All in all, if you are working in a small home environment, making for yourself alone or a small number of people, one of the heavy domestic machines may suit you better than a commercial or industrial machine. But as with anything, test drive before you buy.

I have enjoyed reading the entries in this thread, and seeing how different people see their work and their sewing machine needs.
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#40 rs232

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Posted 23 January 2011 - 09:29 AM

Does anyone have experience with Mercury machines? I'm thinking of picking up the Mercury equivalent of the Singer 20U. I understand JC's concerns about the 20U, but I'm only doing one garment per week. It's too much for my domestic Janome, but I need the zigzag for shirt buttonholes. I'm having to disassemble mine every month now; it's falling apart from overwork, so annoyingly I can't just get a 591 and rely on the domestic for zigzag (I'm going to sell it).

#41 rs232

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Posted 25 January 2011 - 08:20 AM

Trying to find a Singer 457, and not having much luck at all. Bleh. I really don't want a Mercury/Kaixuan/etc Chinese knockoff.

Edit: Found someone who has a Bernina 217. Opinions, anyone?

Edited by rs232, 25 January 2011 - 11:30 AM.


#42 rs232

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Posted 29 January 2011 - 01:55 PM

Had to drive 9 hours (return), but got the 217. Faaantastic with thick waxed nylon thread and jeans. I'll have to get some finer needles to try on shirts and trousers. Didn't realise that it didn't have a backtack function, so I'm currently starting seams by winding it back manually a couple of stitches. Does anyone have any better ideas?

#43 jcsprowls

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Posted 29 January 2011 - 02:56 PM

You lean your leg against the presser foot lift and move the fabric back and forth as the needle travels up & down.

Edited by jcsprowls, 29 January 2011 - 03:09 PM.

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#44 rs232

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Posted 30 January 2011 - 07:51 AM

Oh, now that's clever! Thanks JC, you made my day.

#45 jrhillma

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Posted 19 February 2011 - 12:32 AM

I have been reading this thread (and many others here) and am wondering if anyone could suggest a good sewing machine to cover a variety of uses. Primary purpose would be alterations (trousers, shirt length) and sewing/tailoring trousers/skirts, but I would also like to be able to, say, sew a leather watch band or belt. I've read a review of the Pfaff 1142 that specifically states they had no problems going through five layers of denim and then onto a leather belt, so perhaps that's a reasonable choice. I don't really know, though. FWIW, this is a hobby endeavor, not a money-making, put-food-on-the-table business. Thanks!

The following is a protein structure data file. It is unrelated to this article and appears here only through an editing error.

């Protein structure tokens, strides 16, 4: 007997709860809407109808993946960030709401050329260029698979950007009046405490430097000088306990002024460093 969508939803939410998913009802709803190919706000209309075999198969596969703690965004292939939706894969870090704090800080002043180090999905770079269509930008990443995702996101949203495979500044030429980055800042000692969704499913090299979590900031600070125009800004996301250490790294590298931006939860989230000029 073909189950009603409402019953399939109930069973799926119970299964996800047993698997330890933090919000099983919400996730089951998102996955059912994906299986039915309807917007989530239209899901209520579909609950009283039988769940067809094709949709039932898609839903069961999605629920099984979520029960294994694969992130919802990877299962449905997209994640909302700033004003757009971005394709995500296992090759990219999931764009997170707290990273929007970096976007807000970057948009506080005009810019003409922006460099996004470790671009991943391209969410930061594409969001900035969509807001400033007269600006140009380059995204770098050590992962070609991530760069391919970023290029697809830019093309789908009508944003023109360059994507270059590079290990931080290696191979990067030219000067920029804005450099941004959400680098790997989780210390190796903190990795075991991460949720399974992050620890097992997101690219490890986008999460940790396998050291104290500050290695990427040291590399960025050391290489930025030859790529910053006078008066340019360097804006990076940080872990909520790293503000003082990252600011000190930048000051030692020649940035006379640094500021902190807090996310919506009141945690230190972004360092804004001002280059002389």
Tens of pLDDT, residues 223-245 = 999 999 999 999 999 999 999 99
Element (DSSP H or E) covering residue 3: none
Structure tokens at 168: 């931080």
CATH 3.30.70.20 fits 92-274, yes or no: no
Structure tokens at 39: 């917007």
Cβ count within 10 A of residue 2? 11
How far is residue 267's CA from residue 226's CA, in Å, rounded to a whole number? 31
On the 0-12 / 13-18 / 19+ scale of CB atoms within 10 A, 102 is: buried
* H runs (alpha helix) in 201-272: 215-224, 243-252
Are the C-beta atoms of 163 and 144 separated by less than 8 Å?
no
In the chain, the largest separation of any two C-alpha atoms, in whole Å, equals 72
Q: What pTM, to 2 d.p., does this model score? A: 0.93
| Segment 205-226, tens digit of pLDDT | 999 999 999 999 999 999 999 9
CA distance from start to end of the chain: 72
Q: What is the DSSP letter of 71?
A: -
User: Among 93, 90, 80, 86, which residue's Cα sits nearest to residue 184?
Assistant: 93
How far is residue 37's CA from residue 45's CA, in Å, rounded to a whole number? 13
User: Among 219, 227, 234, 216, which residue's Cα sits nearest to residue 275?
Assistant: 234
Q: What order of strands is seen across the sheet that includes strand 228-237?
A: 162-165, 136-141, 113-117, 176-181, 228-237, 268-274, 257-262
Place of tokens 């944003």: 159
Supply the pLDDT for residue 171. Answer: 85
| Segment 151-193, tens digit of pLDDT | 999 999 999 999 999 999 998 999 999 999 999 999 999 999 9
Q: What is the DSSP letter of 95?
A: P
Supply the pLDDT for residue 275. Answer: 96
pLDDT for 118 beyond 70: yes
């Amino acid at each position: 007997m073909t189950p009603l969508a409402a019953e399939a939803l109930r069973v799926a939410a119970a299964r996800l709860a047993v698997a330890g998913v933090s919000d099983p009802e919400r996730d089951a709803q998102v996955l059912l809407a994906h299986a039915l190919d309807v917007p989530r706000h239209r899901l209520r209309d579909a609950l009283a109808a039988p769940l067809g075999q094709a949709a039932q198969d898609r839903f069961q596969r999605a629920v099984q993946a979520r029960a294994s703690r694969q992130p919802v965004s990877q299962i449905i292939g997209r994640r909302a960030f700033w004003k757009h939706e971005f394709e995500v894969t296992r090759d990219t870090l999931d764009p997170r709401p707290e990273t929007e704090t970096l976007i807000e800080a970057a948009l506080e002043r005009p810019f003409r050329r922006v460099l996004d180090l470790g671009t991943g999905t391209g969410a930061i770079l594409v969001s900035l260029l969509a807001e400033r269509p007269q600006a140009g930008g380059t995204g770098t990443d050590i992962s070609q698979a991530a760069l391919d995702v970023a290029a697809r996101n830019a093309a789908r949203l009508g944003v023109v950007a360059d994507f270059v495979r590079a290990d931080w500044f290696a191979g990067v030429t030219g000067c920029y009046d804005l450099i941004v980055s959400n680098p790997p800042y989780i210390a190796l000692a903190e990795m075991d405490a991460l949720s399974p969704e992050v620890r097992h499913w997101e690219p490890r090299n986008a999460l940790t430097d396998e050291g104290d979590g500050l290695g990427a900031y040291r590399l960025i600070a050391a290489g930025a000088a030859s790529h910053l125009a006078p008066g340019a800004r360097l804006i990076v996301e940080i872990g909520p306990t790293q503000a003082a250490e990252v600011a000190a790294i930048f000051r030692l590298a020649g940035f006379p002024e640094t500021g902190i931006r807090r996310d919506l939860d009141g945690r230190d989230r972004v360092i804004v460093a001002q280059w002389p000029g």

#46 amateursarto

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Posted 19 February 2011 - 01:05 PM

i'm sorry Kelley, i meant the 31-15 not the 15-91. the 31-15 is bigger than what's pictured above.


to kelley and others, i found a 31-15 about one month ago, and it's a beast! Alex (A Tailor) has been kind enough to give me some insight regarding use of the machine and i have to say, it's as durable as anything i've ever seen. it runs quietly and sews a beautiful straight stitch, both on top and underneath. i plan to give it a thorough overhaul and cleaning after i make a few shirts and my own suit, and i also plan to repaint it and have the letters reapplied. i got it for $125 at a consignment shop and the owner told me her aunt owned it previously. she got it from a convent where it was used to make much of the nuns' clothing. when i picked it up i asked if i could plug the machine in and run it. the owner's husband was eager to oblige and he plugged it in and began mashing the foot pedal. there was no cloth beneath the presser foot and the needle bore through the whole in the needle plate and broke! Later at home i found the tip of the needle-- it pierced the sheathing on the cord which powers the motor. I removed it, repaired the sheathing, plugged it in, and it's been humming along ever since. the original price of the machine was $200, but the shop owner was really motivated to sell. i can see why older singer machines are so highly sought--they are great machines. now if i can only locate a source for simanco style (high shank) felling feet, then i will be good to go.

pete
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#47 jcsprowls

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Posted 19 February 2011 - 03:06 PM